Sunday, January 24, 2010

January 24: One station done

I remain the only glaciology member on the ship. Everybody else is at an ice core camp, which is about 20 km away from here. This is a somewhat unusual situation for me, as I usually try to be among the first ones out to a field site. Ted, Erin, Terry, and Ron installed an AMIGOS (Automated Meteorological Ice-Geophysics Observation System) and did some radar work see how deep the ice is and to look at layers in the ice. The ice core camp is run by Ellen Mosley-Thomson of Ohio State University and they are using the ice core to look at past climate in this part of Antarctica. We got one flight in early in the morning; and I already sat in the helicopter with rotors turning to take off on a reconnaissance flight. But once again, the weather closed in, and there was no more flying for the day.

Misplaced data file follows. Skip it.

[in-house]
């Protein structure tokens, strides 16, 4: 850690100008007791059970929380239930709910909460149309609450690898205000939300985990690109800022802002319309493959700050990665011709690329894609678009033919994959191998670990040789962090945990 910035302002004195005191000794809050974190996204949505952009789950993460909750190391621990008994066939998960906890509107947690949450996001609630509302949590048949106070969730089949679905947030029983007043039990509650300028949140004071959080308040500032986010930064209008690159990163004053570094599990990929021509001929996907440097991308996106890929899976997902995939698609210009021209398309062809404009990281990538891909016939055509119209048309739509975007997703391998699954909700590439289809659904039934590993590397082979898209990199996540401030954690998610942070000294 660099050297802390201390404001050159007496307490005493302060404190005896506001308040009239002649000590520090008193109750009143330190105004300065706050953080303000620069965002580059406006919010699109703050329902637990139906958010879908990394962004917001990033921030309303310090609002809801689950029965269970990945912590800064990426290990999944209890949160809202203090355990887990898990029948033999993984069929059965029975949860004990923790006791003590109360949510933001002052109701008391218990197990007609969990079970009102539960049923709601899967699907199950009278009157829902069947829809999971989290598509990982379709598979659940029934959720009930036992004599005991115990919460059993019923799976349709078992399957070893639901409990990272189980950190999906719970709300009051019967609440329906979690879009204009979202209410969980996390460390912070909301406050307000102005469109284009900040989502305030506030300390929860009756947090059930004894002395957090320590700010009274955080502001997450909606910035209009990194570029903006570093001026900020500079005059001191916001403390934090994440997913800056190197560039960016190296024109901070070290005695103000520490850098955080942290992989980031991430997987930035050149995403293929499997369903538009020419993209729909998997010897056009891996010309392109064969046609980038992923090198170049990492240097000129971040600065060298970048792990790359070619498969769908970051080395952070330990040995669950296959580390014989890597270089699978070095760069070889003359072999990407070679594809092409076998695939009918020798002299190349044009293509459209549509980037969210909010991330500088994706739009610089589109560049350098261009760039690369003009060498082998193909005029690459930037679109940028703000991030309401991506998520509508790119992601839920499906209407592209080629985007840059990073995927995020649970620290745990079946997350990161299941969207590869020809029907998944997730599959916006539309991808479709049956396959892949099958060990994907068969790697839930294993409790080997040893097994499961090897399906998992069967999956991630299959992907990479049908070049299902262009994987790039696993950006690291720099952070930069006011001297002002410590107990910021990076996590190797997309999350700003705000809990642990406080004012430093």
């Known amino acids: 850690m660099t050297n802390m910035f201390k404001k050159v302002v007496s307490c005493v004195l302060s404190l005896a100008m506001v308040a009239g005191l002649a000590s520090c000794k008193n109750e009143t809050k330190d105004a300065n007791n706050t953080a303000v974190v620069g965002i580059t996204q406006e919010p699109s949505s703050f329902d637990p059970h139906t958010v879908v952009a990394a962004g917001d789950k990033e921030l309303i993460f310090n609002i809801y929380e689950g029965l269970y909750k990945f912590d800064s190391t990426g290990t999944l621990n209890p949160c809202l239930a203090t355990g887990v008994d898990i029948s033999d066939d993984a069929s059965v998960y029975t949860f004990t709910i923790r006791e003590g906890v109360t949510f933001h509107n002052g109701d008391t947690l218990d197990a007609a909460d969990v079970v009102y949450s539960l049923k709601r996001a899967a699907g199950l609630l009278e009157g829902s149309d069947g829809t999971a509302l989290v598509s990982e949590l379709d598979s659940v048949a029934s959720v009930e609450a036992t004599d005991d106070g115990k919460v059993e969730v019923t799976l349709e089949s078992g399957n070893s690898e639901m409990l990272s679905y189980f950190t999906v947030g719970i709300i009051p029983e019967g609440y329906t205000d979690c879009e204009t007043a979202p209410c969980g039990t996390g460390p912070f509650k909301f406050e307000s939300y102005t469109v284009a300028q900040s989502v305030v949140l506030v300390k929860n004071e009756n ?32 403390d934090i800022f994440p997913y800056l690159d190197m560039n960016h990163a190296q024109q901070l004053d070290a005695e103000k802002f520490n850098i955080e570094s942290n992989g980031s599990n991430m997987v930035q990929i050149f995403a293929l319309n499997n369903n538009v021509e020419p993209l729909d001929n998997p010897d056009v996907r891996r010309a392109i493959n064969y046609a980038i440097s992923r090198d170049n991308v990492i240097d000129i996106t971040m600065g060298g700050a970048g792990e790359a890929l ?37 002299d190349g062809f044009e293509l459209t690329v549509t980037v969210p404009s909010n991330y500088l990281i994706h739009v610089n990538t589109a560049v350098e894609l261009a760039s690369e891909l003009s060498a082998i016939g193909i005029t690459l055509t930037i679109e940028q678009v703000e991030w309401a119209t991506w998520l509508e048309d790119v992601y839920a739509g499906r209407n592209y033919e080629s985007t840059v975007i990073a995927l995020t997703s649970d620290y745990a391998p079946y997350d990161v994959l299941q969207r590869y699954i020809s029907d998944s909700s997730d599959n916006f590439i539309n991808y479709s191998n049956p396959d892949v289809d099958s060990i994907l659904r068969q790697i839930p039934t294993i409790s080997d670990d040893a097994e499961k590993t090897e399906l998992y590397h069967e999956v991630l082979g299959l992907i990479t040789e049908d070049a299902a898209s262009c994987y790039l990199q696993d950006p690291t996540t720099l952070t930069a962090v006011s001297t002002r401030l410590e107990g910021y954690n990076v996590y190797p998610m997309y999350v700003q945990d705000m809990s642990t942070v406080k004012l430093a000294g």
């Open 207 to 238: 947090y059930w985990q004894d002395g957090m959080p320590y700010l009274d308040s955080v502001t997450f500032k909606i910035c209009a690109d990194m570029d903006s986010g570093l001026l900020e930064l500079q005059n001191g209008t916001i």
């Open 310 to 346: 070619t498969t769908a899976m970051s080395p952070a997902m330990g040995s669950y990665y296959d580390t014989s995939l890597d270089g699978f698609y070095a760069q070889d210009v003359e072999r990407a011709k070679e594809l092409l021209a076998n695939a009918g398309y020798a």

The variability of the weather is amazing. I took the attached picture last night before going to bed, when several whales showed up right by the ship. We had a beautiful sunset with severe clear skies. Only 20 km away, the ice core camp was in a total whiteout.

While we were waiting for the other glaciologists to return, the marine science continues. We surveyed the entire Barilari Bay, which was previously unmapped. This is done via a so-called multibeam survey, where sound waves are used to map the bottom. The results are amazing. One can see where glaciers used to carve the bottom of the ocean, and where they have been digging deep marine basins. Marine geologists take cores and try to date them, because the retreat of the glaciers leaves clear signs in the ocean sediments.

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